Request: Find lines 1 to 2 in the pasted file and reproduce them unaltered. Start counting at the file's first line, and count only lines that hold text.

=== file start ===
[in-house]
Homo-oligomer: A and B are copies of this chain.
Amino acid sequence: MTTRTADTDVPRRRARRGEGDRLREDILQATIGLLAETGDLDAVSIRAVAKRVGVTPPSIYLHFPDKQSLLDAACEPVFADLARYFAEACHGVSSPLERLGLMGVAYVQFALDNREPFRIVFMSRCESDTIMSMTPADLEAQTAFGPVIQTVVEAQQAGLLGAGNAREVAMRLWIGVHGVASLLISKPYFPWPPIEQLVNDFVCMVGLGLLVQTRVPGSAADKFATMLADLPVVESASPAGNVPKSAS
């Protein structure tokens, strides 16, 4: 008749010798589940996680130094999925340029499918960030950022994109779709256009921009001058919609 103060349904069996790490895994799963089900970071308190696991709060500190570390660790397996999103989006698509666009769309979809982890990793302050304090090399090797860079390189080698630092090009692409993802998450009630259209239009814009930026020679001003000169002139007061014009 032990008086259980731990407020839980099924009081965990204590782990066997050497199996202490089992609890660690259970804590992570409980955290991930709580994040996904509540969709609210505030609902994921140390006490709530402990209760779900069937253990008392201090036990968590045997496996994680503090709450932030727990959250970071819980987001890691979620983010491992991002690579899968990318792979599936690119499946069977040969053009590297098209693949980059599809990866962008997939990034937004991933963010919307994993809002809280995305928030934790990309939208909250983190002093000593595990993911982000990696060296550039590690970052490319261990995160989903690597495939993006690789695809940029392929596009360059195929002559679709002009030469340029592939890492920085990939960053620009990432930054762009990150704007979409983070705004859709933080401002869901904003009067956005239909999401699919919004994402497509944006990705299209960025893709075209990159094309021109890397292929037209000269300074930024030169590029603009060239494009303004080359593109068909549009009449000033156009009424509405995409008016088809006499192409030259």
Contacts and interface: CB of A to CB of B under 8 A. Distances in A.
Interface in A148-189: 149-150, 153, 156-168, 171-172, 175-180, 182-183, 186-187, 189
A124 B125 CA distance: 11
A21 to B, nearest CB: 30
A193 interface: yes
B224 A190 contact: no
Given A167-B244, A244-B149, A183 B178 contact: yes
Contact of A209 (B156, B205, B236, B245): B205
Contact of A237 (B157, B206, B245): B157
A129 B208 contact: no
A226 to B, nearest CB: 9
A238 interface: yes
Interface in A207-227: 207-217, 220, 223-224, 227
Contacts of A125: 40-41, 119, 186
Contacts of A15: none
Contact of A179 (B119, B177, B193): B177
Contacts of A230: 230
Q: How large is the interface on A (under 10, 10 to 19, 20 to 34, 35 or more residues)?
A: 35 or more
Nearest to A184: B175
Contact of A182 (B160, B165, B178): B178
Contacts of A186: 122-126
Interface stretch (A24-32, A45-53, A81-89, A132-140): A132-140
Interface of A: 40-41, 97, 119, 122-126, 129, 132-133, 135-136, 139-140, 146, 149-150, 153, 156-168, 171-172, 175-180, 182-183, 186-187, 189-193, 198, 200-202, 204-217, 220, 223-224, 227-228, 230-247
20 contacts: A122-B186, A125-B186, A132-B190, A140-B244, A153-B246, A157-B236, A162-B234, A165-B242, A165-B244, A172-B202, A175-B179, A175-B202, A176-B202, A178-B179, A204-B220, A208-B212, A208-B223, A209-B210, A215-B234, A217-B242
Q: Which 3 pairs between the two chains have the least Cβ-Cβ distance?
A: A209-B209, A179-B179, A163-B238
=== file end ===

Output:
[in-house]
Homo-oligomer: A and B are copies of this chain.